• June 22, 2024

CTP Director Ignored Science in Logic Menthol Decision

 CTP Director Ignored Science in Logic Menthol Decision

Brian King / Credit: FDA

Brian King / Credit: FDA

Memos recently submitted to the U.S. Court of Appeals for the Third Circuit show that the U.S. Food and Drug Administration’s Center for Tobacco Products (CTP) allowed its director, Brian King, to reverse a recommended marketing approval of Logic Technology’s menthol vaping products, ignoring the advice of FDA scientists, according to Logic’s lawyers. The new documents were made available to Logic after it had filed its motion for a stay of its marketing denial order (MDO) for its menthol vaping products.

Attorneys for Logic, which is represented by Troutman Pepper, stated that the new documents, that Vapor Voice is reviewing, reveal the “extraordinary fact that CTP’s Office of Science (OS) reversed its science-based recommendation to issue marketing granted orders for Logic’s premarket tobacco product applications (PMTAs) for its menthol-flavored electronic nicotine delivery systems (ENDS) after receiving pressure from the new CTP director and his office, the Office of Center Director (OCD).”

Logic attorneys claim the company is entitled to a stay of the agency’s MDO for the Logic menthol products because the OCD overruled OS’s initial recommendations to approve Logic’s products based upon its “science-based evaluation” of Logic’s submission. However, because the OCD said in the memos that menthol as a category would be “treated disfavorably,” Logic is asking the court to recognize that the agency’s actions of “basing product-specific decisions” on “unpromulgated, across-the-board policies” that were never subject to notice-and-comment rulemaking is “arbitrary and capricious.”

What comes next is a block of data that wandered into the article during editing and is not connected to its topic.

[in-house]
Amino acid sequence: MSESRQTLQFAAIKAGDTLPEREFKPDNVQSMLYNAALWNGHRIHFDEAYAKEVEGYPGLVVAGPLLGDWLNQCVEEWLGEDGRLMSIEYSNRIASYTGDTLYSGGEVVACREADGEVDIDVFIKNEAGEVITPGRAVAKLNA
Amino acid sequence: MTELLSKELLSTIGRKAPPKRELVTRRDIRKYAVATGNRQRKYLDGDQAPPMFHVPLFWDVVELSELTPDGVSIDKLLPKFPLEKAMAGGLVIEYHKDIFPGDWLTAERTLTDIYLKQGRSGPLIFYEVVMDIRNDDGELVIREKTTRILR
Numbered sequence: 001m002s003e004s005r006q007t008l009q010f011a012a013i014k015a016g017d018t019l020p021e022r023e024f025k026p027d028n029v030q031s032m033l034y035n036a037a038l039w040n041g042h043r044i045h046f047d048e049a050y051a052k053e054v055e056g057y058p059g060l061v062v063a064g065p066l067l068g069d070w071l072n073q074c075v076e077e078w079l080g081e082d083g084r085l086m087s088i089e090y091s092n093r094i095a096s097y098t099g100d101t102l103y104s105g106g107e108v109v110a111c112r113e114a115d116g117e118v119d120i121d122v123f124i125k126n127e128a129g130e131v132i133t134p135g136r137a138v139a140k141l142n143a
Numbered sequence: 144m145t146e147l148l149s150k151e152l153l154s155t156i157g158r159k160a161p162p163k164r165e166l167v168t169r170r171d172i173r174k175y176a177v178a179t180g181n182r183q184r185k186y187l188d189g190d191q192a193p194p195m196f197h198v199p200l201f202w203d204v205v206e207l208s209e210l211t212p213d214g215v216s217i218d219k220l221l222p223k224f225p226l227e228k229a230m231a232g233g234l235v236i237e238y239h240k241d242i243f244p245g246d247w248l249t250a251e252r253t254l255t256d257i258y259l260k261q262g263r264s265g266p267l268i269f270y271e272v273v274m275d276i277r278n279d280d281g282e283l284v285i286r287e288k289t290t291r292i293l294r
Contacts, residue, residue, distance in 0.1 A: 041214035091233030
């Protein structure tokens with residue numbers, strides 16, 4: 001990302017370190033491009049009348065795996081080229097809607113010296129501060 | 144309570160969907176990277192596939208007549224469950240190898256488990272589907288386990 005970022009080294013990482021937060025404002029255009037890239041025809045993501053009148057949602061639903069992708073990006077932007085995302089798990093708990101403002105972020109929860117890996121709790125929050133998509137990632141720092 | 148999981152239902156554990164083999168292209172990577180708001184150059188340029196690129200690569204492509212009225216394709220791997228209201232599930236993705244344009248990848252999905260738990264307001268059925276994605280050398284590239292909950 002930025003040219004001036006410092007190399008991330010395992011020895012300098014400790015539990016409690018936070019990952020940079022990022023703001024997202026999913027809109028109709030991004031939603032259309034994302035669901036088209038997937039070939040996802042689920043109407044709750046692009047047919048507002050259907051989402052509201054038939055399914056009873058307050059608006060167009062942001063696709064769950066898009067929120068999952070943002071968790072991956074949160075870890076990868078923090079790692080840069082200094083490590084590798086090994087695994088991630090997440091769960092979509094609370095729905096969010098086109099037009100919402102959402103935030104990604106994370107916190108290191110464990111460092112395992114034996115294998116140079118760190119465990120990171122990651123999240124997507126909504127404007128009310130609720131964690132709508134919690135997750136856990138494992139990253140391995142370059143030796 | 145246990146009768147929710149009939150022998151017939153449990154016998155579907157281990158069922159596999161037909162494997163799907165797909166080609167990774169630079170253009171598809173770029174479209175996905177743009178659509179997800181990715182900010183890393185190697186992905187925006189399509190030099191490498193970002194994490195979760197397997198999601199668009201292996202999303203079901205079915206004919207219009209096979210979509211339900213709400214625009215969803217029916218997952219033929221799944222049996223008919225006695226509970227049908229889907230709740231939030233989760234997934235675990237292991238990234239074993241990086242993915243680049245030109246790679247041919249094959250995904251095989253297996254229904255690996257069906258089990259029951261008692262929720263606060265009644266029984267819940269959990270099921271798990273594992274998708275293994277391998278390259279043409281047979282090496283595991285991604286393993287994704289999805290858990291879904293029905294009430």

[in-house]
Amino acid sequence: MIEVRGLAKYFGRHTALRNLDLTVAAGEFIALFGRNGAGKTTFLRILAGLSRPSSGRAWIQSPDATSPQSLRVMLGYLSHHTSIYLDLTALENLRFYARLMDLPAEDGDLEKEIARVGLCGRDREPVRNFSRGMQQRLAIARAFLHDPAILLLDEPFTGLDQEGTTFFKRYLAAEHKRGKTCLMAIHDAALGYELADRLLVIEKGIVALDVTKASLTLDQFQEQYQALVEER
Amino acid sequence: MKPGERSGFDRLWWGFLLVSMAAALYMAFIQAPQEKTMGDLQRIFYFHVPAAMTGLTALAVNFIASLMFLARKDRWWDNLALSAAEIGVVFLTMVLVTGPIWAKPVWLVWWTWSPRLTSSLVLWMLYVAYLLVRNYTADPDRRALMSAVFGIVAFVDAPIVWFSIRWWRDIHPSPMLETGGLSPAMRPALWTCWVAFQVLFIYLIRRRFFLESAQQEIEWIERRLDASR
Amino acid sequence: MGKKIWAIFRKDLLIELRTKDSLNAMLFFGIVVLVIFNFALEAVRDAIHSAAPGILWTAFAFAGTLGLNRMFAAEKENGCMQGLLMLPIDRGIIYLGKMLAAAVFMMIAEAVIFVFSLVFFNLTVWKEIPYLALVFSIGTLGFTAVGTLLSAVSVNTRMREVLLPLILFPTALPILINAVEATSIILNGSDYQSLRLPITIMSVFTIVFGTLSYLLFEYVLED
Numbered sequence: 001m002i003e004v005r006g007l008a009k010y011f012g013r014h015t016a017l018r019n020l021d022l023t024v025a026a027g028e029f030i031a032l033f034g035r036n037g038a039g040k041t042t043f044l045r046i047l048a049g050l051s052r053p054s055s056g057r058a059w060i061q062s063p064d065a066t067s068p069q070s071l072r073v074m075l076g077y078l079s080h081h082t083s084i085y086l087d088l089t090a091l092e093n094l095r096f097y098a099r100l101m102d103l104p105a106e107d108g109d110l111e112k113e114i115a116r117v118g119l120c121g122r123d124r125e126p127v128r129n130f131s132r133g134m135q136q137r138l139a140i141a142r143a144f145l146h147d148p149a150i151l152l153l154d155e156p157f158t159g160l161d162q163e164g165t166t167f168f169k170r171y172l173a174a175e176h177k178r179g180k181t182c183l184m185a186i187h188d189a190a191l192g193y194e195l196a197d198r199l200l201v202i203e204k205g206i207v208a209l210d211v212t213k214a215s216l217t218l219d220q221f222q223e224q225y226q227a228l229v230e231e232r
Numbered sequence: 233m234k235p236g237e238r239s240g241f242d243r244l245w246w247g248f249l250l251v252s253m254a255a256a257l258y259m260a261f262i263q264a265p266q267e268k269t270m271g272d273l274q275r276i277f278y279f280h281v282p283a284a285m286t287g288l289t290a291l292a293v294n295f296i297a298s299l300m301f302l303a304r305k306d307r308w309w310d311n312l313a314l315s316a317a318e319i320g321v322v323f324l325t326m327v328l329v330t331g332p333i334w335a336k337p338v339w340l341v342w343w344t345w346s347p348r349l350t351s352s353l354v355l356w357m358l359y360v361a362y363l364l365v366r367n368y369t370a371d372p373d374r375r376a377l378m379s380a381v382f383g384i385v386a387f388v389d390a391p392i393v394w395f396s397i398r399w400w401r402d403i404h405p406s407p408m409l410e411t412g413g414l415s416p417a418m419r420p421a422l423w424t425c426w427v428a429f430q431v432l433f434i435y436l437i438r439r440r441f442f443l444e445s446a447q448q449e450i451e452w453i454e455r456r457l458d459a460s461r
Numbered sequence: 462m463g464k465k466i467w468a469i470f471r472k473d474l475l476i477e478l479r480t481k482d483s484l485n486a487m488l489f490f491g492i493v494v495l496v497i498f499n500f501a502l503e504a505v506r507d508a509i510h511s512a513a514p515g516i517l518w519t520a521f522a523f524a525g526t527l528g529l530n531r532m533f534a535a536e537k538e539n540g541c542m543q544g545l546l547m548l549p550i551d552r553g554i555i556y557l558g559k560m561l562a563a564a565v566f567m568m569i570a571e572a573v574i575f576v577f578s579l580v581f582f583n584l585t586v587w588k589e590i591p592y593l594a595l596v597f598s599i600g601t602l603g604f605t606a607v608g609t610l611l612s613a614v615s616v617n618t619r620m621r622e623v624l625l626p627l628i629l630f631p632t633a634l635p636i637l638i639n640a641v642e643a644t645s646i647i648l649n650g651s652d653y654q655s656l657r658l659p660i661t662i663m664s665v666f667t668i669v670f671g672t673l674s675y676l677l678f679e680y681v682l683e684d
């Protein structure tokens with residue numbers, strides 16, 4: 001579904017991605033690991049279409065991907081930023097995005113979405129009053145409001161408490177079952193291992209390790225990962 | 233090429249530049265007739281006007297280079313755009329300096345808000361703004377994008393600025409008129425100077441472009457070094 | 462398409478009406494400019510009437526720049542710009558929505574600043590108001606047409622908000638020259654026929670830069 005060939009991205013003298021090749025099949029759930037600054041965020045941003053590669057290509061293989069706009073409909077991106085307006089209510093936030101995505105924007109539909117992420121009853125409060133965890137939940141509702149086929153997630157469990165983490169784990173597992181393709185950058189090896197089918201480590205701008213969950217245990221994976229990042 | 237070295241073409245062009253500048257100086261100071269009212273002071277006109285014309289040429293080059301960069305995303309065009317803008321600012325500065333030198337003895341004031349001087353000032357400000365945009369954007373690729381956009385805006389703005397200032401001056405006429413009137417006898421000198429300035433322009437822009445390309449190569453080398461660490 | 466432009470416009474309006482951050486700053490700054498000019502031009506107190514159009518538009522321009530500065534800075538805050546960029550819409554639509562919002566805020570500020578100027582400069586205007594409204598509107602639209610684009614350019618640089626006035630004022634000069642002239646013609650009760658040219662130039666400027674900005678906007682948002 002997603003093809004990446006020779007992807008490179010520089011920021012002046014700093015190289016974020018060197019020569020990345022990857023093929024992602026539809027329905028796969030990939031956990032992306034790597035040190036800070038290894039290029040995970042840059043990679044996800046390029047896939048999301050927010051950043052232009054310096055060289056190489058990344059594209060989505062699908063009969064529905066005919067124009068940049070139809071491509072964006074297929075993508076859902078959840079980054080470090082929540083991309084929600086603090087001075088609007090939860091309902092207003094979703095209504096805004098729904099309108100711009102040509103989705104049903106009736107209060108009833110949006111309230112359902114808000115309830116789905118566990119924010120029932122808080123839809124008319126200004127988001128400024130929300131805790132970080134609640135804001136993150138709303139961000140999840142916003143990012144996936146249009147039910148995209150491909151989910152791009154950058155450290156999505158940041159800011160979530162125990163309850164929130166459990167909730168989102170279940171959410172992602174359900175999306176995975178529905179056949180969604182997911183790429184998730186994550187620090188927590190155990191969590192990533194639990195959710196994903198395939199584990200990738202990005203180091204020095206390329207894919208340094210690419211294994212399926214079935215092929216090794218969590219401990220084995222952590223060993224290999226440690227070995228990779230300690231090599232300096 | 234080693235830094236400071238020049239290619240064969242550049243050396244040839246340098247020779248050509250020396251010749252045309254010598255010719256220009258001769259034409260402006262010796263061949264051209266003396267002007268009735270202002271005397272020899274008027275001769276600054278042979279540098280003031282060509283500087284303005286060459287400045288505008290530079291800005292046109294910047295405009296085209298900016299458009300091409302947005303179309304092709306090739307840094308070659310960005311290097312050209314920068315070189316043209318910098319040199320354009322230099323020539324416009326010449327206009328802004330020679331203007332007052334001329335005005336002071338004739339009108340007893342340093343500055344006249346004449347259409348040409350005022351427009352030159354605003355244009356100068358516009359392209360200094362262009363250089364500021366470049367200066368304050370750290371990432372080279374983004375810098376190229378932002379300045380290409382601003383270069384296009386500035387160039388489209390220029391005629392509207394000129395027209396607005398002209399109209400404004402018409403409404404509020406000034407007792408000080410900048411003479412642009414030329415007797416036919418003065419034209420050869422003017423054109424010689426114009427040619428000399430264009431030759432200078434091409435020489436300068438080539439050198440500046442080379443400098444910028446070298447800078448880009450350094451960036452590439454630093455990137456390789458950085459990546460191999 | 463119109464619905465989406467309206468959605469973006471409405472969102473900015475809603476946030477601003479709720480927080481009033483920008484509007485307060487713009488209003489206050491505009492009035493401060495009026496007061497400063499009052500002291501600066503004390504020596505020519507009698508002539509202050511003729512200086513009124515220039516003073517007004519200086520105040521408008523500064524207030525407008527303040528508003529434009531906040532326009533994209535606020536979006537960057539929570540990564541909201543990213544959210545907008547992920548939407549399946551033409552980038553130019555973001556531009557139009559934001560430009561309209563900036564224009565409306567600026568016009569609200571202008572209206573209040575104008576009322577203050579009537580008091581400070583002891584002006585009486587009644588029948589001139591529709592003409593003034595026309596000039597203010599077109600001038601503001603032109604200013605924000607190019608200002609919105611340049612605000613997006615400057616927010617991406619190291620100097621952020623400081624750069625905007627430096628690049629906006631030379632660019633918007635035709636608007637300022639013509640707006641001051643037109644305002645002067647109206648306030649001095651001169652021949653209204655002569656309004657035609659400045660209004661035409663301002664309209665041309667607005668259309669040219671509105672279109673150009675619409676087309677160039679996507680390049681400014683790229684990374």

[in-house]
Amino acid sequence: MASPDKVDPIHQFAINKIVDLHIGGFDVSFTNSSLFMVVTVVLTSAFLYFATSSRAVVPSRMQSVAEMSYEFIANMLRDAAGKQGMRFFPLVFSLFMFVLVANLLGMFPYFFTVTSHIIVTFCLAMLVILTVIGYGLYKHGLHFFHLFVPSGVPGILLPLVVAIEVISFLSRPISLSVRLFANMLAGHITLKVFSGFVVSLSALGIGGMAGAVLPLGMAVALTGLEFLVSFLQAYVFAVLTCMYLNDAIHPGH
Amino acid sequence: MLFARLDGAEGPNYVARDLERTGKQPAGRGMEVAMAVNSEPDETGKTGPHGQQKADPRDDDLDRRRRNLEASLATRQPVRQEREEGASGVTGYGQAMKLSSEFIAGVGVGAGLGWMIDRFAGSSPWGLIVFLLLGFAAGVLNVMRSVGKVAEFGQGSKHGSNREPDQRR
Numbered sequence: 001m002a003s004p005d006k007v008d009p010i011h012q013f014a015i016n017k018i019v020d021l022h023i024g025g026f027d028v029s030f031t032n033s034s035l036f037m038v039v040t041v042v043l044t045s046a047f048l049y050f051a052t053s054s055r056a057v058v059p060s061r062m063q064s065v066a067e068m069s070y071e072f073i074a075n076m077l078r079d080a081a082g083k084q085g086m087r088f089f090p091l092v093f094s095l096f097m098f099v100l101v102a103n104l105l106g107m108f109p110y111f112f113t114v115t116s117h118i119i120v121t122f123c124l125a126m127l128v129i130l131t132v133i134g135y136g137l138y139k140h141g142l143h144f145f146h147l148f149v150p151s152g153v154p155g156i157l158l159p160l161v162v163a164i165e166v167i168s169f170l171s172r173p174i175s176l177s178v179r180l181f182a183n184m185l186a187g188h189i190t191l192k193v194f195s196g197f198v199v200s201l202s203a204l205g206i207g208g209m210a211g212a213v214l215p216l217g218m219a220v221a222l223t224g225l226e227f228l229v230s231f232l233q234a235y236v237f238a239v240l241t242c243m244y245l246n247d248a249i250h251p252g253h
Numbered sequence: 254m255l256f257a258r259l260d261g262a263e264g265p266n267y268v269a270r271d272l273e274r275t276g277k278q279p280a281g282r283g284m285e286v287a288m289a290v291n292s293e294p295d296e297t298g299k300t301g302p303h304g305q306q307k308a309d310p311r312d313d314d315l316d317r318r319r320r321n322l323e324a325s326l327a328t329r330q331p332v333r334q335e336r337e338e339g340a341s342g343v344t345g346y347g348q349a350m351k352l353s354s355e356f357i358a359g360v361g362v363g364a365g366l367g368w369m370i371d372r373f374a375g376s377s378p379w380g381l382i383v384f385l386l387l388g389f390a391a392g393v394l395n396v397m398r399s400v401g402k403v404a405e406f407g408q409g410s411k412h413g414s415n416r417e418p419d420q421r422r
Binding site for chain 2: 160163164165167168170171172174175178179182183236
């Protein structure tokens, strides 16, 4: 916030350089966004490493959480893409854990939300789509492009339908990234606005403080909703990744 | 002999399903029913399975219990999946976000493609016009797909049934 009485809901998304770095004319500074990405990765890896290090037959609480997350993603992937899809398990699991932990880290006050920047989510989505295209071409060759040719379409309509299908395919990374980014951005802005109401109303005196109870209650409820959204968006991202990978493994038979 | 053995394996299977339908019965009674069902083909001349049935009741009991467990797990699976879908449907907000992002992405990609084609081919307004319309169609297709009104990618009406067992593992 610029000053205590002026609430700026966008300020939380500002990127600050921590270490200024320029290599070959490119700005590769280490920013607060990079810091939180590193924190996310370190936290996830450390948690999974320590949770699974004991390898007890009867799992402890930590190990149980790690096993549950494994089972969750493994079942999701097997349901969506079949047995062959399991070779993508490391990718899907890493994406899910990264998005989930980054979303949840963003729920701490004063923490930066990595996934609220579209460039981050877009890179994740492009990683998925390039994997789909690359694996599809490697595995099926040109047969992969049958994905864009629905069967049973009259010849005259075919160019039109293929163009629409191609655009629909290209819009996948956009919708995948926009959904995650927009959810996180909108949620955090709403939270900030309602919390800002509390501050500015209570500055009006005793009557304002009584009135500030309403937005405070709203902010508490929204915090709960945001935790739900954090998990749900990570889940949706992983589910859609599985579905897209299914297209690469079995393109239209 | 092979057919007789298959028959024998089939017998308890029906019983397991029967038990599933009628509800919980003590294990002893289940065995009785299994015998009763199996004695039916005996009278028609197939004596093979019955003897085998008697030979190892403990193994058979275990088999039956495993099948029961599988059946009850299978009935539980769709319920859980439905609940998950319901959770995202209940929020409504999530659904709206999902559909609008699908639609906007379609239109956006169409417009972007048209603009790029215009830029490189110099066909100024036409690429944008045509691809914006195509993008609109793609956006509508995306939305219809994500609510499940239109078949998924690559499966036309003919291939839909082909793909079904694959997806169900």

In the first memorandum (dated Oct. 25), the OS explains that it evaluated Logic’s PMTAs, including its product-specific evidence, and concluded that authorization of the marketing of Logic’s menthol-flavored ENDS was appropriate for the protection of public health (APPH). However, the memo shows that the OS changed course only after the new CTP director and OCD, to whom OS reports, concluded that menthol-flavored ENDS should be treated as a “disfavored” product category, despite the evidence to the contrary.

“From a policy perspective, OS believed at the time that as long as menthol-flavored cigarettes remain on the market, menthol-flavored ENDS could be a direct substitute for them, providing a less harmful alternative for menthol-flavored cigarette smokers who are less likely to successfully quit smoking than smokers of non-menthol-flavored cigarettes,” the OS memo reads. “OS considered that this suggested potential benefit in the form of increased opportunity for use and transition coupled with product-specific evidence of some benefits to smokers even if not greater than that of tobacco-flavored ENDS products amounted to a likelihood of greater cessation or significant reduction in smoking that would outweigh the known risks to youth from the marketing of the products sufficient to meet the legal standards for authorization.”

OCD then raised questions about OS’s recommendation including questions about “the role and sufficiency of the general scientific literature on adult menthol smokers’ differential preference for menthol ends in demonstrating likely behavioral change” and underscored its concerns about the substantial appeal of menthol to youth. A decision was still pending for the Logic PMTA in July 2022, when CTP transitioned to a new center director, Brian King.